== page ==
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Payments Innovation: The Fed Presses for More Changes

  • By Magnus Carlsson, Manager of Treasury and Payments, AFP
  • Published: 9/29/2015
chicagowaterCHICAGO -- Payments innovation was the central theme of this year’s Chicago Payments Symposium, held last week at the Federal Reserve Bank of Chicago. Participants from major players in the payments industry gathered to discuss important topics in payments, including faster payments systems, fraud and security.

Thomas Koulopoulos, chairman and founder of the Delphi Group, set the overall theme of payments innovation in his opening speech. He challenged treasury, finance and payments professionals in attendance to consider new ways to think about innovation and risk, and to change behaviors that drive work life in the hyper-connected cloud.
 
Key developments

Koulopoulos’ presentation was followed by panel discussions on the progress and challenges in reaching trusted and ubiquitous innovation. Panelists delved into various topics including blockchain studies and bitcoin, and the fact that existing debit networks actually already are interoperable and real-time.

The Federal Reserve discussed the progress being made at the Faster Payments and Secure Payments Task Force Meetings. Even though these task forces have grown to include a large number of participants, the diversity of these groups is very important. That way, they can ensure that all stakeholders views and opinions are heard. By taking all this input into consideration, it can ensure that the final outcome will receive a broader acceptance. This is particularly important since there will not be any mandate forcing market participants to use the new system, as was the case with the Single Euro Payments Area (SEPA) in the European Union.

A panel presented the B2B Directory, which is currently going through a proof-of-concept. An early version of the application will be presented at the 2015 AFP Conference in Denver.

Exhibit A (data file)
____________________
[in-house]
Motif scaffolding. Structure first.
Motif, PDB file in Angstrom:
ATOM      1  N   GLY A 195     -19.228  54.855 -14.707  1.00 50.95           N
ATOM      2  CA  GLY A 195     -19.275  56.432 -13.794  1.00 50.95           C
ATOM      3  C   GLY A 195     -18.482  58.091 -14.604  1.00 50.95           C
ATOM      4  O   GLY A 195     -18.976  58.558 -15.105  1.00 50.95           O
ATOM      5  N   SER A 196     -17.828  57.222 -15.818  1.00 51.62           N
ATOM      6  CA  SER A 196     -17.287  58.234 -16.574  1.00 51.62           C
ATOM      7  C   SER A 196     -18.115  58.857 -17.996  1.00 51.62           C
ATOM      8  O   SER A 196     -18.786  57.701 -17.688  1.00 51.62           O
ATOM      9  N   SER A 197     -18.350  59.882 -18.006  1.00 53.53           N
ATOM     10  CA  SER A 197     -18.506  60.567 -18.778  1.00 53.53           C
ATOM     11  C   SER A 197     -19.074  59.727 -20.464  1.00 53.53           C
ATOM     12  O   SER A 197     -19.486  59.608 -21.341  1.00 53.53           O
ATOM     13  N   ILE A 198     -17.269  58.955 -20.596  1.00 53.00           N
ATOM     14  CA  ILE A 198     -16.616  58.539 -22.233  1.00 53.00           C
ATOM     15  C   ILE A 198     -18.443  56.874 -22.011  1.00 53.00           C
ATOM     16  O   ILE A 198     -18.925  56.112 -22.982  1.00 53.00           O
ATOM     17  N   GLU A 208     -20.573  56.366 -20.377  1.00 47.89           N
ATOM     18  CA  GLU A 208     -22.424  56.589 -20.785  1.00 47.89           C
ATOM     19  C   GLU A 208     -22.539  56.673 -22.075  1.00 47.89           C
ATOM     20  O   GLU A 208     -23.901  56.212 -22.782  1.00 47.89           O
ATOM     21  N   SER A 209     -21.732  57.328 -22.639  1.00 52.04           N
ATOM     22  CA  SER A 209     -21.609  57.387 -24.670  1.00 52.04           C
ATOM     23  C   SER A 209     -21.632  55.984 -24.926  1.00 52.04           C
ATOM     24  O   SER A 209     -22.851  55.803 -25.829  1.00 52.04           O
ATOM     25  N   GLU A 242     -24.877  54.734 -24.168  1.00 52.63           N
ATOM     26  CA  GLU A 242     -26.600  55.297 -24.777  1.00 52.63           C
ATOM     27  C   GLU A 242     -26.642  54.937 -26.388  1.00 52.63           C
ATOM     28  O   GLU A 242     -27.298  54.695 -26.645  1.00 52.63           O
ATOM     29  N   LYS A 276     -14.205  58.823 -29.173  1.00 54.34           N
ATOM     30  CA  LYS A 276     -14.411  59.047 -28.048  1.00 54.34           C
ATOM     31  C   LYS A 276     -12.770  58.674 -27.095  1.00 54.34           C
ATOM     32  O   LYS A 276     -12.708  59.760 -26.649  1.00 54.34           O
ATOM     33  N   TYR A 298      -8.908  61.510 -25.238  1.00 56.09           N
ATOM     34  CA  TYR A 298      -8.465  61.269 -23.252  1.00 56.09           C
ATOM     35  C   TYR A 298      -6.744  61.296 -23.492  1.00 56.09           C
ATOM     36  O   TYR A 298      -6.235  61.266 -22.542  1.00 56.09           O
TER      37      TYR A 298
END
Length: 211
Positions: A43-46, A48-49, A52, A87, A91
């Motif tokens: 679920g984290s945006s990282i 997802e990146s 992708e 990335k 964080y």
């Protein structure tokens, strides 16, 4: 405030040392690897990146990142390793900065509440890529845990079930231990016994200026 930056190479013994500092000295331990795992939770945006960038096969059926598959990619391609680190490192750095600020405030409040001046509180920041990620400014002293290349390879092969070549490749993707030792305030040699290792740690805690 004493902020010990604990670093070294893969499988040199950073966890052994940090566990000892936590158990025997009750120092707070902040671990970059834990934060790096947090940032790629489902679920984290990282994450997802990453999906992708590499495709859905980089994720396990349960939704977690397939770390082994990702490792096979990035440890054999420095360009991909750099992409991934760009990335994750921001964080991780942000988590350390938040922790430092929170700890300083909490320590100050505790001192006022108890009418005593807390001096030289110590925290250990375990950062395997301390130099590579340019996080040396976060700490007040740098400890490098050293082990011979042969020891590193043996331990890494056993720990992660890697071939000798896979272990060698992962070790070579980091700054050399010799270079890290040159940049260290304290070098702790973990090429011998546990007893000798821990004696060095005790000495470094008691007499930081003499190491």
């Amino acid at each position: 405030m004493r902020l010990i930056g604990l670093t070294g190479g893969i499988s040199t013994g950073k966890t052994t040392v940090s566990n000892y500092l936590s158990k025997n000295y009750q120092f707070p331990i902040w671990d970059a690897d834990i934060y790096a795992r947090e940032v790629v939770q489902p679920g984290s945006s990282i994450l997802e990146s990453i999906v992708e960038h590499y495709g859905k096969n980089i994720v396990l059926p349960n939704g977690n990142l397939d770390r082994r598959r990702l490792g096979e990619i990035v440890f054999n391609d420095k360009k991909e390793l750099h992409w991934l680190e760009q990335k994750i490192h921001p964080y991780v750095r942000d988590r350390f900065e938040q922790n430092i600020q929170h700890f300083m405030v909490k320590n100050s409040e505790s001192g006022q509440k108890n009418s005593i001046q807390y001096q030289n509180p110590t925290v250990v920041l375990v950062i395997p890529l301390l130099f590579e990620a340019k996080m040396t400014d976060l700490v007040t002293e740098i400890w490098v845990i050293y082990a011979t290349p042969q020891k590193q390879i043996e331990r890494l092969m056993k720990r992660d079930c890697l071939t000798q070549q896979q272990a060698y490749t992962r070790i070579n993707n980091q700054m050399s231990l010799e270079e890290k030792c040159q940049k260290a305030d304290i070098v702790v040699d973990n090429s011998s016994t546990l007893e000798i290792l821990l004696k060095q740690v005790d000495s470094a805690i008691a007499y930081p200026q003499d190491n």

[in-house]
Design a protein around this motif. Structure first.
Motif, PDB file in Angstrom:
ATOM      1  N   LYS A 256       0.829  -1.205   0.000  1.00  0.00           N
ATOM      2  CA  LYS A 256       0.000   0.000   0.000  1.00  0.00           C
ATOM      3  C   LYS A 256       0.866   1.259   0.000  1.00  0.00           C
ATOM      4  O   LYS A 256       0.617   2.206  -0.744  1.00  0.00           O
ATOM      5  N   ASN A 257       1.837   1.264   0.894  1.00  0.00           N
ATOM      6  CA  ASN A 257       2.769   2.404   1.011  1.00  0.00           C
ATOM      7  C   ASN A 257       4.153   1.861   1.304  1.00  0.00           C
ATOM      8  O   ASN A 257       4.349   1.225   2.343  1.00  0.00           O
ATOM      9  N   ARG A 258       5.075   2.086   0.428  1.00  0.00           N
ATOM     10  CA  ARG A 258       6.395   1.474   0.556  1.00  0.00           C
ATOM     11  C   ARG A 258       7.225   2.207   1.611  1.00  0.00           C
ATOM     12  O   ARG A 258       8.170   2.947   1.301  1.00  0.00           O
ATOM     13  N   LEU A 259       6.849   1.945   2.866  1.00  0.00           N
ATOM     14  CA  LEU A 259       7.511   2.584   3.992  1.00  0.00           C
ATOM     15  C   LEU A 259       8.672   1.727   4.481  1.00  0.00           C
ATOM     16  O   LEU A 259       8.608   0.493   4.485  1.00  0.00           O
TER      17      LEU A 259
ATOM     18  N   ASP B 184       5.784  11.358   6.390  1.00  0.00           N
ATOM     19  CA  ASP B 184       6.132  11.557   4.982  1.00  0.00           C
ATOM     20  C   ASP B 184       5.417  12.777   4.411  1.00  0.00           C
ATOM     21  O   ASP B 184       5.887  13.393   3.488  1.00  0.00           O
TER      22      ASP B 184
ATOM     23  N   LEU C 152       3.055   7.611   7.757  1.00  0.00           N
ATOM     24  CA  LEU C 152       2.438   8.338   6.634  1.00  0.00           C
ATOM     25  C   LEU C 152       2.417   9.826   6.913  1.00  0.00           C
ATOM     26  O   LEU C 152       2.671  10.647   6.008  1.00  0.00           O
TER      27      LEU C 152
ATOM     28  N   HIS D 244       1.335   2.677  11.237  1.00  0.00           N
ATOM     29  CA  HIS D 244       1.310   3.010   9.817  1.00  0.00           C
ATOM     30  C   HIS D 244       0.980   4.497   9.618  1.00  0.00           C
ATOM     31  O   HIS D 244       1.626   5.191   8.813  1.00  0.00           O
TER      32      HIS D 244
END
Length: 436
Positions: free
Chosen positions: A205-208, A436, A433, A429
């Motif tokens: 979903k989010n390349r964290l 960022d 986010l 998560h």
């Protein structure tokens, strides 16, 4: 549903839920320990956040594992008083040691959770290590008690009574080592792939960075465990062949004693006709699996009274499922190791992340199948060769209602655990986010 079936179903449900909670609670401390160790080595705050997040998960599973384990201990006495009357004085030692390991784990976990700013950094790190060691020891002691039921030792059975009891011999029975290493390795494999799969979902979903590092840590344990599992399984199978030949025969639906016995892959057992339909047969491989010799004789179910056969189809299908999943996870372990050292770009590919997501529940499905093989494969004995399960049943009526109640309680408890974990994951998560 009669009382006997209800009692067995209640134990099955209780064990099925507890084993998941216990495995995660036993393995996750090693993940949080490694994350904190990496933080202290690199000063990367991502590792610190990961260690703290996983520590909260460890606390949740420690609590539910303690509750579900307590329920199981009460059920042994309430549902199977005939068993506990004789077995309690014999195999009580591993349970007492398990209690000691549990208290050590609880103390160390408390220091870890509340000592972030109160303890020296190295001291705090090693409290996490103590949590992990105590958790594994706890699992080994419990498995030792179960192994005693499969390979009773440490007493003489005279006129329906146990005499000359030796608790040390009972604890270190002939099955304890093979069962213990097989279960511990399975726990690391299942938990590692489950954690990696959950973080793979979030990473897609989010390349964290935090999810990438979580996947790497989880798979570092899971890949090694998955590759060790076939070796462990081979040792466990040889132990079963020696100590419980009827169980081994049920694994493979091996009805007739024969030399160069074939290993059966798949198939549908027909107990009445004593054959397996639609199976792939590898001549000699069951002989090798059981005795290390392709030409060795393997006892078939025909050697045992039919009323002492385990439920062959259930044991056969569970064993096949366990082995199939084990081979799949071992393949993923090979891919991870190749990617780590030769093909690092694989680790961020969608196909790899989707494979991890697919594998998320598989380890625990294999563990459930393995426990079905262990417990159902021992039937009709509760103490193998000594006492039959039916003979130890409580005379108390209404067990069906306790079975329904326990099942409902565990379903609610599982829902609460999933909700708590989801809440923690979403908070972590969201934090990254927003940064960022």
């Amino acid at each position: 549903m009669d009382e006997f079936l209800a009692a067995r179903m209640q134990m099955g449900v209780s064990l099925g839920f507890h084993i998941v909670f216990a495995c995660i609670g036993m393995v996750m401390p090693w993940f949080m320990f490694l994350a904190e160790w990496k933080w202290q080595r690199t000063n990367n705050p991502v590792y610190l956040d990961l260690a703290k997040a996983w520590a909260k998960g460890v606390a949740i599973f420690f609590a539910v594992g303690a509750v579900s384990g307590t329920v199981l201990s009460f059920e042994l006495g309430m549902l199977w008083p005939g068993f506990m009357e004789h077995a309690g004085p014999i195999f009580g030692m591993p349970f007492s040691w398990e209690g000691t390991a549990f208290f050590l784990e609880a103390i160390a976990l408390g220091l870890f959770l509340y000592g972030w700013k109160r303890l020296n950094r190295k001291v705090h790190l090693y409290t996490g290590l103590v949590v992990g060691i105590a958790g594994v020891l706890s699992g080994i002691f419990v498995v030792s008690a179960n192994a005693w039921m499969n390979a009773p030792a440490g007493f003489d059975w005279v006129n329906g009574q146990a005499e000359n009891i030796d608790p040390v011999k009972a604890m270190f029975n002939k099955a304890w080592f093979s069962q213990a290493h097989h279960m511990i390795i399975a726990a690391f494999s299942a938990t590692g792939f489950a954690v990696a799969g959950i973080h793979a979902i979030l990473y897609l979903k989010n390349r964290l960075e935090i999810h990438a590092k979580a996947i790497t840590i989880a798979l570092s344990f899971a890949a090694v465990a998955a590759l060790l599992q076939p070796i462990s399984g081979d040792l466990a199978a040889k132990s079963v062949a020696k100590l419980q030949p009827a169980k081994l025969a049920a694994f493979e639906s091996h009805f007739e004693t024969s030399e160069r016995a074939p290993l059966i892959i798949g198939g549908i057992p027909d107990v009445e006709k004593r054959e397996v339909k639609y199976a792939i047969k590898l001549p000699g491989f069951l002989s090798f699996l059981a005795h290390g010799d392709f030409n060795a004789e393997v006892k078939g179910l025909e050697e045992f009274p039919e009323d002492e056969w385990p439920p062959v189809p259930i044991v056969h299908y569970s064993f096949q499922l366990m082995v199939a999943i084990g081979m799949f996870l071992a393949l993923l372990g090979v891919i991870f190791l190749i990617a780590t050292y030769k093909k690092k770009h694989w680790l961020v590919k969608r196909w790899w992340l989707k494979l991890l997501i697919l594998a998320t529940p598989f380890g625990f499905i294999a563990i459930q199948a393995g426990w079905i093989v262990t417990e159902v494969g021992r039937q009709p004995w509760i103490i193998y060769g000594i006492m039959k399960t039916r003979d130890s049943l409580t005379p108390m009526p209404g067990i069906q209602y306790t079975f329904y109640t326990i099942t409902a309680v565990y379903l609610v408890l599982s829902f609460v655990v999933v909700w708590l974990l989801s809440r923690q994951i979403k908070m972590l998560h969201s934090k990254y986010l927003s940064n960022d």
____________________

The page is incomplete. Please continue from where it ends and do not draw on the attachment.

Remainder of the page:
Chris Hamilton, CEO of the Australian Payments Clearing Association (APCA) presented some of the work that has been done around the New Payments Platform (NPP) for low value payments in Australia. Set to go live in 2017, the NPP is fast, versatile and data rich, using the ISO20022 payments messaging standard, allowing for maximum flexibility in automated data processing. The speed of the NPP will make funds accessible almost at the same time they are received, even in instances where the payer and the payee have different banks.

Innovations in security and authentication were also discussed. Biometric authentication in particular is seen as something that is growing in importance, along with tokenization. Often when tokenization is discussed, the use of phone numbers as tokens are commonly accepted, but from a global perspective, the use of email addresses is a better option as these are unique all over the world.

Key challenges

Discussions also touched on challenges to innovation, with a look at the role of cash and checks in the five-year range. The general sentiment among the panelists was that these payment methods will still be around for the foreseeable future, as they still are the most ubiquitous payment methods in use.

Another significant challenge to payments innovation is the gap that exists between the “Gang of Five” (Amazon, Apple, Facebook, Google and PayPal) and banks and payment providers. One reason for this gap is that the legacy systems are 30-40 years old and were developed in a very different technology timeframe.

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